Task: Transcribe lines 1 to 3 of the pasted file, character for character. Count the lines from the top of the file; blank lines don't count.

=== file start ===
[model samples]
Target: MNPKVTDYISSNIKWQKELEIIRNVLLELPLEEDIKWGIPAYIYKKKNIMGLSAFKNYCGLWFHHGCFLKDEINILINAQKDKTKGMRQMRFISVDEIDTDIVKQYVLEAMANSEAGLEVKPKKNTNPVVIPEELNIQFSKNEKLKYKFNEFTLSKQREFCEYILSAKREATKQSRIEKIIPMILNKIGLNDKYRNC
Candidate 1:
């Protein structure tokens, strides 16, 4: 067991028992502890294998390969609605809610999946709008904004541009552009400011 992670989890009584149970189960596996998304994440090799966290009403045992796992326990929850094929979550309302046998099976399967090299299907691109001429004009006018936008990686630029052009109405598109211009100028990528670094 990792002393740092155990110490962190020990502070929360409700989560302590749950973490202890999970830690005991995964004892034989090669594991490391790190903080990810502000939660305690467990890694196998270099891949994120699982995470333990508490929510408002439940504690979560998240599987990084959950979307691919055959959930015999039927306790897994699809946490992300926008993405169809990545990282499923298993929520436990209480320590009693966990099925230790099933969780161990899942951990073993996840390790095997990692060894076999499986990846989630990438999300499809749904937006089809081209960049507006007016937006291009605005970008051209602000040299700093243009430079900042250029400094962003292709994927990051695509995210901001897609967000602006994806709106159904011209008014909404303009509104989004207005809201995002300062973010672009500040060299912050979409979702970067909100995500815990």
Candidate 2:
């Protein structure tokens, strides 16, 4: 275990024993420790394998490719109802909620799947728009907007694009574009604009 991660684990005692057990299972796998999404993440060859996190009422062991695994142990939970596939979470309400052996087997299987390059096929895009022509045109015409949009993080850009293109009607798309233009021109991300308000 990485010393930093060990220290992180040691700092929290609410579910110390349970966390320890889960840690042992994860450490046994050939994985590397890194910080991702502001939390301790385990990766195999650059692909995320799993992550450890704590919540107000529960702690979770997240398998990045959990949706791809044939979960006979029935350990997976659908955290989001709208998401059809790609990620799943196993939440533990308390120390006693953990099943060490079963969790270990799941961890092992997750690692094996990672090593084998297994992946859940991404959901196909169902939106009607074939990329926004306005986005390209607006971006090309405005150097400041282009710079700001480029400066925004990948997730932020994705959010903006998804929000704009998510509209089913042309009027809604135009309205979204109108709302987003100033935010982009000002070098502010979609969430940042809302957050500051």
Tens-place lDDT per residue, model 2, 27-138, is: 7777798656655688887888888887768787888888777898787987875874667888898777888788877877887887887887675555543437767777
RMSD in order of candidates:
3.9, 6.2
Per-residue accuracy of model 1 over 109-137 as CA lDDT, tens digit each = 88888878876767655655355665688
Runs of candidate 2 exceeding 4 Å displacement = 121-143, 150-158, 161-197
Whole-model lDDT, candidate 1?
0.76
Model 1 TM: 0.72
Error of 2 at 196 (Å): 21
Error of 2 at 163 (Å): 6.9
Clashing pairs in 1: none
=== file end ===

[model samples]
Target: MNPKVTDYISSNIKWQKELEIIRNVLLELPLEEDIKWGIPAYIYKKKNIMGLSAFKNYCGLWFHHGCFLKDEINILINAQKDKTKGMRQMRFISVDEIDTDIVKQYVLEAMANSEAGLEVKPKKNTNPVVIPEELNIQFSKNEKLKYKFNEFTLSKQREFCEYILSAKREATKQSRIEKIIPMILNKIGLNDKYRNC
Candidate 1: